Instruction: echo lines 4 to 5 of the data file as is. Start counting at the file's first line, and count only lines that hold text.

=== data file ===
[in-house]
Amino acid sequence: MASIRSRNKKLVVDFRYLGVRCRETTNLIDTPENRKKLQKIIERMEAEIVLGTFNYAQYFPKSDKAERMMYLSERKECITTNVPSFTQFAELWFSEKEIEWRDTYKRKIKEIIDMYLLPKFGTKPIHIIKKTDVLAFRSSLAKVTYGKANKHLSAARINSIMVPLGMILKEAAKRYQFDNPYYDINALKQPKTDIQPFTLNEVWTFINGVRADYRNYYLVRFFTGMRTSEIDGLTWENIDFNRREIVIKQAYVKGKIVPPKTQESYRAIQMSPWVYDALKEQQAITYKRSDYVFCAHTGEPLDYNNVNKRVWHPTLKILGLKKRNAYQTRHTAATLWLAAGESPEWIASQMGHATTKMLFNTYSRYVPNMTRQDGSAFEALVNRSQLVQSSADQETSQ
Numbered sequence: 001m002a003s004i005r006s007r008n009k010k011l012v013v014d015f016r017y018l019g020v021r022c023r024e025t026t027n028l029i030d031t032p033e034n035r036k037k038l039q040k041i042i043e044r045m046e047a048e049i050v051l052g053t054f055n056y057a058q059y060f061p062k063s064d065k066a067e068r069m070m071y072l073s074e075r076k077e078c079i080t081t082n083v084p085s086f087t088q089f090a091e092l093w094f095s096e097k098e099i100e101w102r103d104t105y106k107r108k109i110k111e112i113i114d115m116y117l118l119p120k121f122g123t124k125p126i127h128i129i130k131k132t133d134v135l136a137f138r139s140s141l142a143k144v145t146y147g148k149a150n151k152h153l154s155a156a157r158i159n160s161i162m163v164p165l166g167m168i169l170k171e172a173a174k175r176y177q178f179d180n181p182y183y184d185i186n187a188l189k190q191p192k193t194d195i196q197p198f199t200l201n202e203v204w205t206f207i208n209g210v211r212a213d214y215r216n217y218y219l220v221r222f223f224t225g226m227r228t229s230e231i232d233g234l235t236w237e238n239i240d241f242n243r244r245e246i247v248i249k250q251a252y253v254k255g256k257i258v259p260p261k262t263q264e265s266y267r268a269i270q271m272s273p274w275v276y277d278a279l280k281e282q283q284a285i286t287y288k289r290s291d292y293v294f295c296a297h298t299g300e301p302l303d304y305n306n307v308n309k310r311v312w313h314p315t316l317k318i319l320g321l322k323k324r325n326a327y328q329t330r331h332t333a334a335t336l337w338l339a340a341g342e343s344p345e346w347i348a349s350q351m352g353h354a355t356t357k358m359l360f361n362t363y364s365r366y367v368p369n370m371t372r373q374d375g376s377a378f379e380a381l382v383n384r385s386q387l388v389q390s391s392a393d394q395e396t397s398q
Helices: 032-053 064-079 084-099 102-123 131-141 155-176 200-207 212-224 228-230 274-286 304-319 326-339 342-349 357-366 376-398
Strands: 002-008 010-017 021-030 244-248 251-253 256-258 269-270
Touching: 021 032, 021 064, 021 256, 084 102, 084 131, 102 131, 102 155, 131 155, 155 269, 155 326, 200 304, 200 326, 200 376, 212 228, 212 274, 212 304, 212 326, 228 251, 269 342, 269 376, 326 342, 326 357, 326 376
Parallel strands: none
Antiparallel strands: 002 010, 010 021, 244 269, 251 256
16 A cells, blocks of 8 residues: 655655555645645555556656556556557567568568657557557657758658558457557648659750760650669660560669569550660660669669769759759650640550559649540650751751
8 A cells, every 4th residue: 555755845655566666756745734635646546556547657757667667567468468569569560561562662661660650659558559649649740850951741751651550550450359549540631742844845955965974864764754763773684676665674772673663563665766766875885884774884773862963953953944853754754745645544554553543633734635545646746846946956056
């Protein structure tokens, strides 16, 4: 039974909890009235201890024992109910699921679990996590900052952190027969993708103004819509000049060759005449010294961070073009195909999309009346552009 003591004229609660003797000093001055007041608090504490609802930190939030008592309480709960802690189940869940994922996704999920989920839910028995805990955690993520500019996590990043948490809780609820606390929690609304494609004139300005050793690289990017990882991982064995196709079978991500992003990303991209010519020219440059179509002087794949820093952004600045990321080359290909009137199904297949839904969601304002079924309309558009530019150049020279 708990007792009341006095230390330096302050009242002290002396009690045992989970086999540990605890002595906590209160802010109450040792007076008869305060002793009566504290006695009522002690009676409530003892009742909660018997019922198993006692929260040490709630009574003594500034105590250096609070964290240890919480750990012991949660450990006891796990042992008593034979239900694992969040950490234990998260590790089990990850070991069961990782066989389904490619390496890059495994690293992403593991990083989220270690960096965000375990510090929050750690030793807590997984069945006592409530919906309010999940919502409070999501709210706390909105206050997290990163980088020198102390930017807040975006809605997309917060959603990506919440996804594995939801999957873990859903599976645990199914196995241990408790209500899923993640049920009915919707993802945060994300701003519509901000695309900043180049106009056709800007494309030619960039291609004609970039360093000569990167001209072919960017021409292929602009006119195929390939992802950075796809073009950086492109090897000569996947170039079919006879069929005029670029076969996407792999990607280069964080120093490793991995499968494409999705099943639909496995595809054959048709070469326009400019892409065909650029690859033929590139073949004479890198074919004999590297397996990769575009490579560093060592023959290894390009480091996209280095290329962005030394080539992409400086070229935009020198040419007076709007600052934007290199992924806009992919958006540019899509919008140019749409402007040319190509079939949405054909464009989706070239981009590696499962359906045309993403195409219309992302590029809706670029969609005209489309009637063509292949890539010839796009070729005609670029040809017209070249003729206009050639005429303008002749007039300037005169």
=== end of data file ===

Helices: 032-053 064-079 084-099 102-123 131-141 155-176 200-207 212-224 228-230 274-286 304-319 326-339 342-349 357-366 376-398
Strands: 002-008 010-017 021-030 244-248 251-253 256-258 269-270